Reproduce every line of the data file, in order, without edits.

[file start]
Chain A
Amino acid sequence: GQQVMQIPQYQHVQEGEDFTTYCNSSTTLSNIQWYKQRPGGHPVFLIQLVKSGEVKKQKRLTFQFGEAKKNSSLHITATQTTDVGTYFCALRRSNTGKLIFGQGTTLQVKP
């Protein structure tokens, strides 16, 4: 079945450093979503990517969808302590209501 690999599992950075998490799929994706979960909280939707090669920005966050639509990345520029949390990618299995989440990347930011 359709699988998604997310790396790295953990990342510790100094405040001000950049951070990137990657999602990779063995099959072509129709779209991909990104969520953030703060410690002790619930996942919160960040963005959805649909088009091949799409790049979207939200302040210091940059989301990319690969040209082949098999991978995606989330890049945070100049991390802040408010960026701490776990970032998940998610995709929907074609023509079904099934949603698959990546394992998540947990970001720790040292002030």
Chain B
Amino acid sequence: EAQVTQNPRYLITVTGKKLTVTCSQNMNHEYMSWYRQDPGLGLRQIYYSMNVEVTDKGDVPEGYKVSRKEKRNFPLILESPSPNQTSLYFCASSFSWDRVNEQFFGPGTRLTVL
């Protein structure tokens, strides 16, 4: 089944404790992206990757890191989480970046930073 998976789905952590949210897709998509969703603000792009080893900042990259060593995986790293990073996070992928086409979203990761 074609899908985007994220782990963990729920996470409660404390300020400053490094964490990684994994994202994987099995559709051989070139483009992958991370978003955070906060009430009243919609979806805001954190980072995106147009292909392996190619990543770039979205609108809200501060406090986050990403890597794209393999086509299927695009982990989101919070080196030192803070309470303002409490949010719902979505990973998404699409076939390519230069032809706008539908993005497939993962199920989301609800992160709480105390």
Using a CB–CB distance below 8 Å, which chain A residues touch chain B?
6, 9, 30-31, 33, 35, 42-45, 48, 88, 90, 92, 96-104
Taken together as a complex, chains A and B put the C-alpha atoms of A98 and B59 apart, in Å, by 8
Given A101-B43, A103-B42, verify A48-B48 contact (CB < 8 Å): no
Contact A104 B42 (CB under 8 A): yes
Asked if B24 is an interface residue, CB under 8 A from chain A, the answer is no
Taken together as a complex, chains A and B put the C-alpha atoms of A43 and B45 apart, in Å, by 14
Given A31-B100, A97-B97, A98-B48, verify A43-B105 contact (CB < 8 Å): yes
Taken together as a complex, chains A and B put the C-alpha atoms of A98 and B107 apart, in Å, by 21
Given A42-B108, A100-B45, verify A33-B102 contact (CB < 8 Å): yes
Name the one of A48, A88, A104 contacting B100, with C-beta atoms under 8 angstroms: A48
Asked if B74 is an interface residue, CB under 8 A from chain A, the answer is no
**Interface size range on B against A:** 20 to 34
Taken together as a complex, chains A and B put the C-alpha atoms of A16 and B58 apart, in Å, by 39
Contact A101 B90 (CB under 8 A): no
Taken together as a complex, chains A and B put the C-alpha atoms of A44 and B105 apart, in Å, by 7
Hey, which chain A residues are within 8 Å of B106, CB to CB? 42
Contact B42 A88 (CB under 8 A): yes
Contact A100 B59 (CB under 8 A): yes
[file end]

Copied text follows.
Chain A
Amino acid sequence: GQQVMQIPQYQHVQEGEDFTTYCNSSTTLSNIQWYKQRPGGHPVFLIQLVKSGEVKKQKRLTFQFGEAKKNSSLHITATQTTDVGTYFCALRRSNTGKLIFGQGTTLQVKP
């Protein structure tokens, strides 16, 4: 079945450093979503990517969808302590209501 690999599992950075998490799929994706979960909280939707090669920005966050639509990345520029949390990618299995989440990347930011 359709699988998604997310790396790295953990990342510790100094405040001000950049951070990137990657999602990779063995099959072509129709779209991909990104969520953030703060410690002790619930996942919160960040963005959805649909088009091949799409790049979207939200302040210091940059989301990319690969040209082949098999991978995606989330890049945070100049991390802040408010960026701490776990970032998940998610995709929907074609023509079904099934949603698959990546394992998540947990970001720790040292002030």
Chain B
Amino acid sequence: EAQVTQNPRYLITVTGKKLTVTCSQNMNHEYMSWYRQDPGLGLRQIYYSMNVEVTDKGDVPEGYKVSRKEKRNFPLILESPSPNQTSLYFCASSFSWDRVNEQFFGPGTRLTVL
């Protein structure tokens, strides 16, 4: 089944404790992206990757890191989480970046930073 998976789905952590949210897709998509969703603000792009080893900042990259060593995986790293990073996070992928086409979203990761 074609899908985007994220782990963990729920996470409660404390300020400053490094964490990684994994994202994987099995559709051989070139483009992958991370978003955070906060009430009243919609979806805001954190980072995106147009292909392996190619990543770039979205609108809200501060406090986050990403890597794209393999086509299927695009982990989101919070080196030192803070309470303002409490949010719902979505990973998404699409076939390519230069032809706008539908993005497939993962199920989301609800992160709480105390």
Using a CB–CB distance below 8 Å, which chain A residues touch chain B?
6, 9, 30-31, 33, 35, 42-45, 48, 88, 90, 92, 96-104
Taken together as a complex, chains A and B put the C-alpha atoms of A98 and B59 apart, in Å, by 8
Given A101-B43, A103-B42, verify A48-B48 contact (CB < 8 Å): no
Contact A104 B42 (CB under 8 A): yes
Asked if B24 is an interface residue, CB under 8 A from chain A, the answer is no
Taken together as a complex, chains A and B put the C-alpha atoms of A43 and B45 apart, in Å, by 14
Given A31-B100, A97-B97, A98-B48, verify A43-B105 contact (CB < 8 Å): yes
Taken together as a complex, chains A and B put the C-alpha atoms of A98 and B107 apart, in Å, by 21
Given A42-B108, A100-B45, verify A33-B102 contact (CB < 8 Å): yes
Name the one of A48, A88, A104 contacting B100, with C-beta atoms under 8 angstroms: A48
Asked if B74 is an interface residue, CB under 8 A from chain A, the answer is no
**Interface size range on B against A:** 20 to 34
Taken together as a complex, chains A and B put the C-alpha atoms of A16 and B58 apart, in Å, by 39
Contact A101 B90 (CB under 8 A): no
Taken together as a complex, chains A and B put the C-alpha atoms of A44 and B105 apart, in Å, by 7
Hey, which chain A residues are within 8 Å of B106, CB to CB? 42
Contact B42 A88 (CB under 8 A): yes
Contact A100 B59 (CB under 8 A): yes